Safe, Clean Water Is the Key to Life for Rohingya Refugees
Hundreds of thousands of terrified Rohingya refugees began flooding onto the beaches and paddy fields of southern Bangladesh in August 2017. Fleeing a Myanmar military crackdown that UN officials call "a textbook example of ethnic cleansing," the Rohingya have been subjected to a horrific campaign of brutal violence, including gang rapes and massacres. Now, seven months later, they are still arriving in Bangladesh at the rate of more than 1,000 a week, tired, traumatized and in need of safe, clean water.
"Without clean water, you can get waterborne diseases," says Jean-Jacques Simon, Regional Chief of Communication for UNICEF in South Asia. "Clean water is at the center of this humanitarian crisis."
The monsoon season threatens to bring floods and landslides, further jeopardizing the survival of refugees living in the overcrowded makeshift settlements. "Hundreds of thousands of children are already living in horrific conditions, and they will face an even greater risk of disease, flooding, landslides and further displacement," says Edouard Beigbeder, UNICEF Representative in Bangladesh.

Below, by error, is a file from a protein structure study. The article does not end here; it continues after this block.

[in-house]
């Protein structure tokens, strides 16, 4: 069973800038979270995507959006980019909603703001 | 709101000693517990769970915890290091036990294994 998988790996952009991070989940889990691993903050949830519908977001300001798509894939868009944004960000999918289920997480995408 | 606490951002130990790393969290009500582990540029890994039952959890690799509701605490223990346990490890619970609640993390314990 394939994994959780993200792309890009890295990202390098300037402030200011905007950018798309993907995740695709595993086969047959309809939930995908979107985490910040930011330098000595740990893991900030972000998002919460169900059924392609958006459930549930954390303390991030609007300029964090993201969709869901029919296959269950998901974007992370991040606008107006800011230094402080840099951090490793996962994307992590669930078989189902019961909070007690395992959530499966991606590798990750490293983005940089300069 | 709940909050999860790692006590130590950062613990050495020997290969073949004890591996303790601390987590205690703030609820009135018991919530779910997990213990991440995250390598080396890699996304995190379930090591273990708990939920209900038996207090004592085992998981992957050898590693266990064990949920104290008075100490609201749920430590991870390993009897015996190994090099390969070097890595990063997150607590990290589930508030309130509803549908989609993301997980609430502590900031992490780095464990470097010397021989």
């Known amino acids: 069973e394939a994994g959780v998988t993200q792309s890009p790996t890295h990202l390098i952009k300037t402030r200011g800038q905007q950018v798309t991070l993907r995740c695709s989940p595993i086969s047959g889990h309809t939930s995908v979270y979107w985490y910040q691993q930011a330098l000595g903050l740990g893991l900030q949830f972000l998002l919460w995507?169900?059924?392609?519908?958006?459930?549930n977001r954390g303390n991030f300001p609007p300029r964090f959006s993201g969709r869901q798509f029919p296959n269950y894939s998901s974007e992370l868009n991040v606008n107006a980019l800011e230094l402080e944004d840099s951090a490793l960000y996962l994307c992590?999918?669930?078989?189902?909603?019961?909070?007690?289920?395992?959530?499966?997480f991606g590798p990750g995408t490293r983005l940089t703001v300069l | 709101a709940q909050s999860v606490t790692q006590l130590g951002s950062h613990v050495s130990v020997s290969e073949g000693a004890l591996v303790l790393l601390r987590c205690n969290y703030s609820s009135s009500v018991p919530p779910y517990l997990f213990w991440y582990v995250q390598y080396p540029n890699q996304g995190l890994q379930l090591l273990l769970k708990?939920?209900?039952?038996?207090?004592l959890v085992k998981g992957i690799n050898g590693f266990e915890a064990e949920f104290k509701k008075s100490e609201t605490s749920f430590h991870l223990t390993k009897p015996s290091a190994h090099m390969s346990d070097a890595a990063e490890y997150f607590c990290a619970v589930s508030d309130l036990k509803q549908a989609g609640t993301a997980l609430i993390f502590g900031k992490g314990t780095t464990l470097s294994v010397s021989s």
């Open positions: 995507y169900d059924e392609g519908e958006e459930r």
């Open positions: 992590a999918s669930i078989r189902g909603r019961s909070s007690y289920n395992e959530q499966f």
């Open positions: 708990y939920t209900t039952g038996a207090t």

UNICEF and partners are on the ground preparing for storms and flooding, relocating people in the highest risk areas to safer spaces and prepositioning water storage tanks. Toilets are being elevated or moved to higher ground to prevent flooding that could contaminate drinking water and spread waterborne diseases. Community health workers are establishing oral rehydration service points with enough equipment and drugs to treat children in the event of a cholera outbreak. Water is being chlorinated and vaccination teams are spreading out to administer the oral cholera vaccine and to ensure that children under the age of 2 get their full range of immunizations.
Photos from top: Rohingya refugees continue to arrive in Bangladesh at the rate of 1,000 or more a month. © UNICEF; Rohingya refugee children stand atop a narrow path hugging a steep slope at the Unchiprang makeshift settlement in Cox's Bazar District, Bangladesh, January 2018. © UNICEF/UN0157358/Nybo